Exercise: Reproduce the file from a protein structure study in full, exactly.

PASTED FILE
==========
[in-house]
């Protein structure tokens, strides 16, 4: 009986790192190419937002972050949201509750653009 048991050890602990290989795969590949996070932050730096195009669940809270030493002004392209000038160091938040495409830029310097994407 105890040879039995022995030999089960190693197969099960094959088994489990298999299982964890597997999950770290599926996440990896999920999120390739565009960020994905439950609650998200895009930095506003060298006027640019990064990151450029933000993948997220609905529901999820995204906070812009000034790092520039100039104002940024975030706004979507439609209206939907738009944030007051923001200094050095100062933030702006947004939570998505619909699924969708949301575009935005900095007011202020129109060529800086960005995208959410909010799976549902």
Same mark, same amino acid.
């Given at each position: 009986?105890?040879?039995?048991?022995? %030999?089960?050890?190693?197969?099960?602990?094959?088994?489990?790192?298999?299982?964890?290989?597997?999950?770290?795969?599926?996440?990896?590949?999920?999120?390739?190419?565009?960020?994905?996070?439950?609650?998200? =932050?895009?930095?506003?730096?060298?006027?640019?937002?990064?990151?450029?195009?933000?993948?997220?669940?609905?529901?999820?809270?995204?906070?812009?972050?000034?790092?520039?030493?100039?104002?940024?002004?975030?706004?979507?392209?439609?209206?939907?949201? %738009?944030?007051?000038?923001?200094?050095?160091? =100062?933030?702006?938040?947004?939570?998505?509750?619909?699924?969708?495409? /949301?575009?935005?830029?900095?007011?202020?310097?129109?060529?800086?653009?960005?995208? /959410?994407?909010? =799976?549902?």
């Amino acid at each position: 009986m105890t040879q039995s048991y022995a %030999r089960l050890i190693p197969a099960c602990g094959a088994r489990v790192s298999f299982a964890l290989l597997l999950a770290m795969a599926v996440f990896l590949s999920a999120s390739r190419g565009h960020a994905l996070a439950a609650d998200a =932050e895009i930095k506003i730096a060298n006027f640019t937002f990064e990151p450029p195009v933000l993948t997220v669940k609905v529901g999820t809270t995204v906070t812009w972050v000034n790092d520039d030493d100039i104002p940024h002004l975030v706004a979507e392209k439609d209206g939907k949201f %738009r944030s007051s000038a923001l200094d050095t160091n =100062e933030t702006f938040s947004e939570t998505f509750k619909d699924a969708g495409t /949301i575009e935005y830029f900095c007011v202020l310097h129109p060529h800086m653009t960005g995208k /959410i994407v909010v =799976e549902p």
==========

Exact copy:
[in-house]
């Protein structure tokens, strides 16, 4: 009986790192190419937002972050949201509750653009 048991050890602990290989795969590949996070932050730096195009669940809270030493002004392209000038160091938040495409830029310097994407 105890040879039995022995030999089960190693197969099960094959088994489990298999299982964890597997999950770290599926996440990896999920999120390739565009960020994905439950609650998200895009930095506003060298006027640019990064990151450029933000993948997220609905529901999820995204906070812009000034790092520039100039104002940024975030706004979507439609209206939907738009944030007051923001200094050095100062933030702006947004939570998505619909699924969708949301575009935005900095007011202020129109060529800086960005995208959410909010799976549902």
Same mark, same amino acid.
């Given at each position: 009986?105890?040879?039995?048991?022995? %030999?089960?050890?190693?197969?099960?602990?094959?088994?489990?790192?298999?299982?964890?290989?597997?999950?770290?795969?599926?996440?990896?590949?999920?999120?390739?190419?565009?960020?994905?996070?439950?609650?998200? =932050?895009?930095?506003?730096?060298?006027?640019?937002?990064?990151?450029?195009?933000?993948?997220?669940?609905?529901?999820?809270?995204?906070?812009?972050?000034?790092?520039?030493?100039?104002?940024?002004?975030?706004?979507?392209?439609?209206?939907?949201? %738009?944030?007051?000038?923001?200094?050095?160091? =100062?933030?702006?938040?947004?939570?998505?509750?619909?699924?969708?495409? /949301?575009?935005?830029?900095?007011?202020?310097?129109?060529?800086?653009?960005?995208? /959410?994407?909010? =799976?549902?």
């Amino acid at each position: 009986m105890t040879q039995s048991y022995a %030999r089960l050890i190693p197969a099960c602990g094959a088994r489990v790192s298999f299982a964890l290989l597997l999950a770290m795969a599926v996440f990896l590949s999920a999120s390739r190419g565009h960020a994905l996070a439950a609650d998200a =932050e895009i930095k506003i730096a060298n006027f640019t937002f990064e990151p450029p195009v933000l993948t997220v669940k609905v529901g999820t809270t995204v906070t812009w972050v000034n790092d520039d030493d100039i104002p940024h002004l975030v706004a979507e392209k439609d209206g939907k949201f %738009r944030s007051s000038a923001l200094d050095t160091n =100062e933030t702006f938040s947004e939570t998505f509750k619909d699924a969708g495409t /949301i575009e935005y830029f900095c007011v202020l310097h129109p060529h800086m653009t960005g995208k /959410i994407v909010v =799976e549902p």